ART was late for Márcia, in Memorian
Although I was no longer a resident of the nursing home and, as I could not find a job, I volunteered at CRT-A and the nursing home, taking care of a sadly debilitated person, Waldir, who taught me a lot about humility, because although I am a man, his penis needed to be cleaned and I was not going to have the face of going to call a nurse because "in chick I do not catch".
Thus, I helped people and got two meals a day, one at CRT-A and another at the support house, where I refused to live in that hell. This, in a way, may seem cynical, or even hypocritical, but a person with AIDS, without drugs, without housing, without having to be able to feed himself, will always consider this expedient lawful, especially in the dark scenario of the 90 decade,
ART was late in the second half of the 90 decade of the 20th century
Then the cocktail came and with it, what I called “the end of the first wave” (the triple therapy - the so-called cocktail - had just been implanted and there were still a lot of people in bad health) was not difficult to find what to do.
ARV also arrived late for Waldir
Although I was not part of the target audience, I got a Support House Brenda Lee, my former manager, Elisabete Waldir, who died some 65 days later a victim of something that appeared on the death certificate as miliary tuberculosis and it was clear to me being tuberculosis spread all over the body (one day I cheer myself up and tell this other story). Waldir died of poverty.
But it is not Waldir's story that I come to tell here, on this page, it is Márcia's, which I had the pleasure of knowing while accompanying Waldir.
Waldir's “Delivery”, Already in ART Season
After "handing over" Waldir to receive his care, which was numerous and taking all day, I was free to go home and only come to pick him up in the late afternoon (pick here is to put in the wheelchair and take to the ambulance), which was from the support house, known as pope everything (…); but I would rather stay in the hospital, circling the corridors, going into each room, talking to people, and having a chance to hand a forgotten glass of water or sometimes to feed someone's spirit with some hope that I myself I didn't have it and, as you can see, I was wrong. I Think I gave so much hope that I ended up convincing myself.
So I met Lia, Edna, Peter, Angela (19 hemophilic years), many other ones (like that girl who had complications with toxo and live consciously and in a fetal position, dependent on everyone for everything all the time); these among so many others, Marcia, that brings me tears even now, after so long.
The Fear of Knowing
She contracted HIV from her husband and was taken aback by a positive HIV diagnosis because of a number of opportunistic infections that attacked and killed her husband in a period of 5 months.
Tb It was not good (I always wonder how a person begins to get sick of this or that and no one bothers to make a closer examination, I wonder also how the person is unaware that something is wrong and let it go until the end. Must be the fear of knowing.
But when I met her, she was better, she was back on her feet, like a duckling hatch (I always said that to her, who smiled ...), and was full of hope.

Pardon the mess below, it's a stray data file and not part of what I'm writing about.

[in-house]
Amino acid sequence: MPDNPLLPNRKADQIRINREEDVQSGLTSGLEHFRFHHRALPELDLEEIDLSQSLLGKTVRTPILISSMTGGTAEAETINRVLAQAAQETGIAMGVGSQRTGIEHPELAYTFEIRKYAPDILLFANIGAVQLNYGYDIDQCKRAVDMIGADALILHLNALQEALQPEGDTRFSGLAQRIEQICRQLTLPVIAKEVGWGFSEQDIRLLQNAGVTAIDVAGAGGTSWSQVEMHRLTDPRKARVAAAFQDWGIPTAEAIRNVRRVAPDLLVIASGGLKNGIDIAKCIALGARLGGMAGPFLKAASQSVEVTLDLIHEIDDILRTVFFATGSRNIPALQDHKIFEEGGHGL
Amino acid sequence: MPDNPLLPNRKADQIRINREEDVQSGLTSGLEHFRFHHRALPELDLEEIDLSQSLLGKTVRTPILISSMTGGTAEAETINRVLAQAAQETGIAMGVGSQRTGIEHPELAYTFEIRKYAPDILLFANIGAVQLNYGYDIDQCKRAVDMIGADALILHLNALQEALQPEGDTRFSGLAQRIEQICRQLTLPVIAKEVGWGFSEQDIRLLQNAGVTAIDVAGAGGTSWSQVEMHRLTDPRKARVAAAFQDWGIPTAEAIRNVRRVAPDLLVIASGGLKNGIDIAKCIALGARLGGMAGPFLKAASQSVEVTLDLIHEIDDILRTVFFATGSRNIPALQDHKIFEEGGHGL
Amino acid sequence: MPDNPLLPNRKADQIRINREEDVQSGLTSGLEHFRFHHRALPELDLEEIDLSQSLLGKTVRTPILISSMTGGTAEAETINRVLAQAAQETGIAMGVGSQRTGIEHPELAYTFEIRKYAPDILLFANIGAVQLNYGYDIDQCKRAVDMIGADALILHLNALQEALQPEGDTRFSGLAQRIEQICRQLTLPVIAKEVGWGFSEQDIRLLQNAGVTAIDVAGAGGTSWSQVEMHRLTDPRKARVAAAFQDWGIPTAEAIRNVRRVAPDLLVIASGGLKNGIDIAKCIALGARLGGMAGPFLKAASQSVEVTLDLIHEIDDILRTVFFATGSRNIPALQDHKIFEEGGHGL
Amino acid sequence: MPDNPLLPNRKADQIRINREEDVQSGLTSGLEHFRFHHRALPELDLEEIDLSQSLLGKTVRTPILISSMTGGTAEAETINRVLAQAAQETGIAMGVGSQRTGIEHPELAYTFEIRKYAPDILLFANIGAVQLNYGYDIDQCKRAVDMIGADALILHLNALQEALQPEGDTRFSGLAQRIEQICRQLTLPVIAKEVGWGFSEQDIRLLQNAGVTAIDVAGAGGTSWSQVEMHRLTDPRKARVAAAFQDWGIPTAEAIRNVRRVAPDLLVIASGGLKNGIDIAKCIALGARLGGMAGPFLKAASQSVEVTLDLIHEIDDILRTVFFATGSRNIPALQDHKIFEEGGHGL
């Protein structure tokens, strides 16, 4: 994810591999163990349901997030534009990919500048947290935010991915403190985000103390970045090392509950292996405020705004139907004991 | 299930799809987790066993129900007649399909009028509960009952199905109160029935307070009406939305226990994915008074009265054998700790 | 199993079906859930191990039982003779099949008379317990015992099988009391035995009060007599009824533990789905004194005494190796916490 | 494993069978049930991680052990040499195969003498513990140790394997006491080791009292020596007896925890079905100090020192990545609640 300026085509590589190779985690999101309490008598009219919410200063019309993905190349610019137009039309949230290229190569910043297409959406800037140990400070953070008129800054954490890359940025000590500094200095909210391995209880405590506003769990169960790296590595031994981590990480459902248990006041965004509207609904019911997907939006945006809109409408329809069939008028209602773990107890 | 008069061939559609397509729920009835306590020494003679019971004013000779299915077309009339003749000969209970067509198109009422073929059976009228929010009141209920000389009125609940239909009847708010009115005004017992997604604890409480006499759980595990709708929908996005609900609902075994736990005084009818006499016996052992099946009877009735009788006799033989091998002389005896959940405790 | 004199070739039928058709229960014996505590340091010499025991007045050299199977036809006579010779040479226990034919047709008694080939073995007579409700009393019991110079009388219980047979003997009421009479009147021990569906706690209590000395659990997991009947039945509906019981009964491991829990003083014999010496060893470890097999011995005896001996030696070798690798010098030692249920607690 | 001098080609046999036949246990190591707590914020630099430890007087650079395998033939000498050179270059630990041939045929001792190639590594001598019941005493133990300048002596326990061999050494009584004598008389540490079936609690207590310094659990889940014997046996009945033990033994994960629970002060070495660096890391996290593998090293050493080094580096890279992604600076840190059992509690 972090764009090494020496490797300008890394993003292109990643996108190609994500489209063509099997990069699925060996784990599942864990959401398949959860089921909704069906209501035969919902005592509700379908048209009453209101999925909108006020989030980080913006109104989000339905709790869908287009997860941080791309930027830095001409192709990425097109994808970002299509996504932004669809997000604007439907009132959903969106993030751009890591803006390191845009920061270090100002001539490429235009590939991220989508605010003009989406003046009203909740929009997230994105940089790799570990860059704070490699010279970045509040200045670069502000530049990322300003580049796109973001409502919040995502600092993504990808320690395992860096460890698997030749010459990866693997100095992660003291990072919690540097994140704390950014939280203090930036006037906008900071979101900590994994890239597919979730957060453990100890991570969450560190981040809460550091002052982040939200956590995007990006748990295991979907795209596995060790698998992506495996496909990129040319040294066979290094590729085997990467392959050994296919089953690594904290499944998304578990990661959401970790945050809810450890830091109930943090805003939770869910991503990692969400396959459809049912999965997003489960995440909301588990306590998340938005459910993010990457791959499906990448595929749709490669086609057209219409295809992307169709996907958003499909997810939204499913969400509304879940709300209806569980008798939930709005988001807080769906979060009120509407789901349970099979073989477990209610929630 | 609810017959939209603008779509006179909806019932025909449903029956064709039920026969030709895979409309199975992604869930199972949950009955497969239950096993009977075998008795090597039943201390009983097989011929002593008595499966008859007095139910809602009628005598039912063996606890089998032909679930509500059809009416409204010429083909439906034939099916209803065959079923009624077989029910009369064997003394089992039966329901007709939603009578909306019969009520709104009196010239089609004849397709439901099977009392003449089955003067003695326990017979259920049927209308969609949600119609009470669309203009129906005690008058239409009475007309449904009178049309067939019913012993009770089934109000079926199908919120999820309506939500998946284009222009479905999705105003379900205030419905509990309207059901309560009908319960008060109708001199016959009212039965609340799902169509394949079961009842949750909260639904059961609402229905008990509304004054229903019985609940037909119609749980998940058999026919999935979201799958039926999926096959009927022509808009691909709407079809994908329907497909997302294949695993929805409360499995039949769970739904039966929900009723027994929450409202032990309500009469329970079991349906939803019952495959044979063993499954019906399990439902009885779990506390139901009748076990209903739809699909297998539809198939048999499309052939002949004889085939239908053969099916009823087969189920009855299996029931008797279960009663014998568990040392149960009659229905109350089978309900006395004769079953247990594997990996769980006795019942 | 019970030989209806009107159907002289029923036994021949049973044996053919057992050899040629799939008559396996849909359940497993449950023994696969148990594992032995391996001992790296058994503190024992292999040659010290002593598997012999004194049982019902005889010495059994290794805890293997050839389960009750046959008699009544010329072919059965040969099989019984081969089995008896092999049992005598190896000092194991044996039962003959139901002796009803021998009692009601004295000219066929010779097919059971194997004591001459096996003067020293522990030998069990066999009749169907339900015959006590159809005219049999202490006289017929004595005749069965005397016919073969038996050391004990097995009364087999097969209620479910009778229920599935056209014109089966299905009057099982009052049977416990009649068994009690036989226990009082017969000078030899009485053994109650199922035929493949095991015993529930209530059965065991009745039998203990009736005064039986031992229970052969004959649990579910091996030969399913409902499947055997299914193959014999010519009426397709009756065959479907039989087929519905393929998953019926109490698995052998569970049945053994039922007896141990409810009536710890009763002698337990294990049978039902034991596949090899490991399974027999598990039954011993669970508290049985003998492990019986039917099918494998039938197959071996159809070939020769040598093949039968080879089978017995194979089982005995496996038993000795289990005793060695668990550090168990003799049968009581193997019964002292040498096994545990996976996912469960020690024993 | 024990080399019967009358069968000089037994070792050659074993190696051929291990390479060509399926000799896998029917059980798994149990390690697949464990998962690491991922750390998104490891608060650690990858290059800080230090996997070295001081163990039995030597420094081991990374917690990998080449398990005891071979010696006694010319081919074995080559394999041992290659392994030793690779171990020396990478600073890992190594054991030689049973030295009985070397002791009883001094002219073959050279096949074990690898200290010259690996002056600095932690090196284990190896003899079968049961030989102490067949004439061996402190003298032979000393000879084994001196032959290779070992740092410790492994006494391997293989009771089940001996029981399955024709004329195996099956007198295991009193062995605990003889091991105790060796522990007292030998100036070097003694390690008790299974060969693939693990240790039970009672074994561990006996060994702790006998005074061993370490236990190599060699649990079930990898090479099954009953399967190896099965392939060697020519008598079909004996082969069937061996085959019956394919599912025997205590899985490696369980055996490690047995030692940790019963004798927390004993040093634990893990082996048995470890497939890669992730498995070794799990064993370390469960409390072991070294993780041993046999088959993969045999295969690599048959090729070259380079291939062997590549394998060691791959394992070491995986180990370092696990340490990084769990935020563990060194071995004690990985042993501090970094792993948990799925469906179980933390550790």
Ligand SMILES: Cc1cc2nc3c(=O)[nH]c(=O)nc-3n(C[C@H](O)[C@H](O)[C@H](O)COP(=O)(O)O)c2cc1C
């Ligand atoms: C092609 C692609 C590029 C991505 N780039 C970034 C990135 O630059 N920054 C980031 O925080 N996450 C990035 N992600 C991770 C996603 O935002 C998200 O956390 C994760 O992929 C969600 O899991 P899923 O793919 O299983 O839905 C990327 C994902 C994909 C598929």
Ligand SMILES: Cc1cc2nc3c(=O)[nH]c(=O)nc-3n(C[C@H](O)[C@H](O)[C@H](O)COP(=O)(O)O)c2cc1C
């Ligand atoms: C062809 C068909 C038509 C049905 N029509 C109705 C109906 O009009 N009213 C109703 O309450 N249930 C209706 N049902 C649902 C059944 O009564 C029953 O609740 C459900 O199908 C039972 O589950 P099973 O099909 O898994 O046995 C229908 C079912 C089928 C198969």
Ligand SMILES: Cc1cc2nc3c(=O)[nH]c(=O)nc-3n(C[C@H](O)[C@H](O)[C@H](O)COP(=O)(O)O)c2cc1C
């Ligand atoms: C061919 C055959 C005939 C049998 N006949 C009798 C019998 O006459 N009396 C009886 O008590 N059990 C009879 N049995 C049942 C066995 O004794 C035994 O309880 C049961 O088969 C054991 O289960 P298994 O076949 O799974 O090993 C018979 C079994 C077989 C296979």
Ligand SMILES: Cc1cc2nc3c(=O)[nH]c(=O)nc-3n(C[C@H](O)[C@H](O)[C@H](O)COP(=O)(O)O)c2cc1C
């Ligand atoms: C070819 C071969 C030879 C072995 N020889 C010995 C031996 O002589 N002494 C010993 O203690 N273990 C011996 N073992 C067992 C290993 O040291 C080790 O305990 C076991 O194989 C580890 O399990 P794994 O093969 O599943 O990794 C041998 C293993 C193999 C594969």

It was not like Ultragas, every other day, ultragas at the gate
But I had to be there every day and get intravenous medication; the bites tortured her, there was no more vein that could be found without a search for 30, 50 minutes… and she cried just seeing the needle (I think it made her veins worse) and I always passed by 8 and a half in the morning to try to help (he hugged her and kept talking nonsense in her ear, sang hairy on the thirty-seven-year-old girl and she laughed like a child. At least distracted.
And she "was discharged"
This lasted a few months 2 and she was discharged.
Months later, I was out of the support house, I entered the CRTA to take care of myself and I came down the stairs 8, passing each of the rooms and I ended up finding Marcia, who slept, eyes open, quite dejected. So depressed that I was frightened. She was also startled by the sudden arrival of a person and woke up. We talked.
The tiredness… .. I know that
Not much to say. I didn't believe in anything else… and she said to me like this:
ClaudioI'm tired, I do not want to live anymore.
Even without hope, scolded her and said she lived, who fought, who would not give now that he was so close (what?), Which go forward one more day.
I stayed with her as much as I could, but I had to leave, it was a Friday and life was calling me outside, demanding obligations and commitments…
One last look
When I was leaving she hugged me and said:
Thanks for everything Claudius.
I cried (as I cry now) and I had no word… It was the last time I saw her in life on Earth… she died at home with her, who were immensely relieved…
It is a normal story, common to any hospital in this world. Only one detail in this story tells me:
On Monday, early in the morning, I rushed to the hospital, still unaware of her fate, and wanted information.
Then Dona Teresa, head nurse of the hospital day, a lady 55 years, gray hair, happy eyes (the image of the grandmother) told me that she had died.
Before my amazement and my sadness she said:
Why is it like this? You know, you people with HIV and people living with AIDS always end up like this…
I was about to throw her off the fourth floor for a second, but I handed her over…
I never spoke to her again. It seems to me utterly absurd that a healthcare professional can be so insensitive…